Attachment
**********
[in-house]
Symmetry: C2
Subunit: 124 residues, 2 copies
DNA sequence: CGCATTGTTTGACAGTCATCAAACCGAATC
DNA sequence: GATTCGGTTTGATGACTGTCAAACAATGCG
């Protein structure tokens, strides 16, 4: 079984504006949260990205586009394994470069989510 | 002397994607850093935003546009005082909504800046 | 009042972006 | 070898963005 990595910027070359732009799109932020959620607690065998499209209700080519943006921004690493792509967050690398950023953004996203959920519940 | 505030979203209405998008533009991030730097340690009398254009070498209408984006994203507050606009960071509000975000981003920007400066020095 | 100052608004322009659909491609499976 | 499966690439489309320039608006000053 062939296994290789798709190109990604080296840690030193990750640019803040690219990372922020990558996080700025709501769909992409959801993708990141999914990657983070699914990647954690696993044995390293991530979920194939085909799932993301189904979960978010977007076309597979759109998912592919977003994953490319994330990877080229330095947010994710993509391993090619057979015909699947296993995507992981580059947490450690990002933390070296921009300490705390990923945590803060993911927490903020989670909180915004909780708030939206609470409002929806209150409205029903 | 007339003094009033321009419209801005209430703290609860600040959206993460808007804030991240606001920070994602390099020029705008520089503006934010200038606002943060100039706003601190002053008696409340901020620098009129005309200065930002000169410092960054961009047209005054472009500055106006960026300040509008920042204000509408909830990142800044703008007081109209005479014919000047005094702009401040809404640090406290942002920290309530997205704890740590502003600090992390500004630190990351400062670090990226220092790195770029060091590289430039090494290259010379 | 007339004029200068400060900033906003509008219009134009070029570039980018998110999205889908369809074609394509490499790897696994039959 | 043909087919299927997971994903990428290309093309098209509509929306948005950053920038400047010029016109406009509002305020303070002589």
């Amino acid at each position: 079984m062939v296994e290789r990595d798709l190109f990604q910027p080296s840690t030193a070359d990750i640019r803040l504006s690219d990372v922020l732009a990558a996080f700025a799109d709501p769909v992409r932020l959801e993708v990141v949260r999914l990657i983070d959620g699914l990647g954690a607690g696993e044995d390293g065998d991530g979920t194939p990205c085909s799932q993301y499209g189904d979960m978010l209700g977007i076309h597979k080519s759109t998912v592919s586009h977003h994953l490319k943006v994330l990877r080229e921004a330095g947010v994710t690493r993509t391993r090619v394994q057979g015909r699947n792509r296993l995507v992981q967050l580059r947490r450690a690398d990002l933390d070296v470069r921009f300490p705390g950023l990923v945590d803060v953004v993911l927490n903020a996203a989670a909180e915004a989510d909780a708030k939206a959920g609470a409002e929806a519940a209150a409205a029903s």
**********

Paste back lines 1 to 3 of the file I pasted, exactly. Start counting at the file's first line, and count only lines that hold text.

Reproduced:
[in-house]
Symmetry: C2
Subunit: 124 residues, 2 copies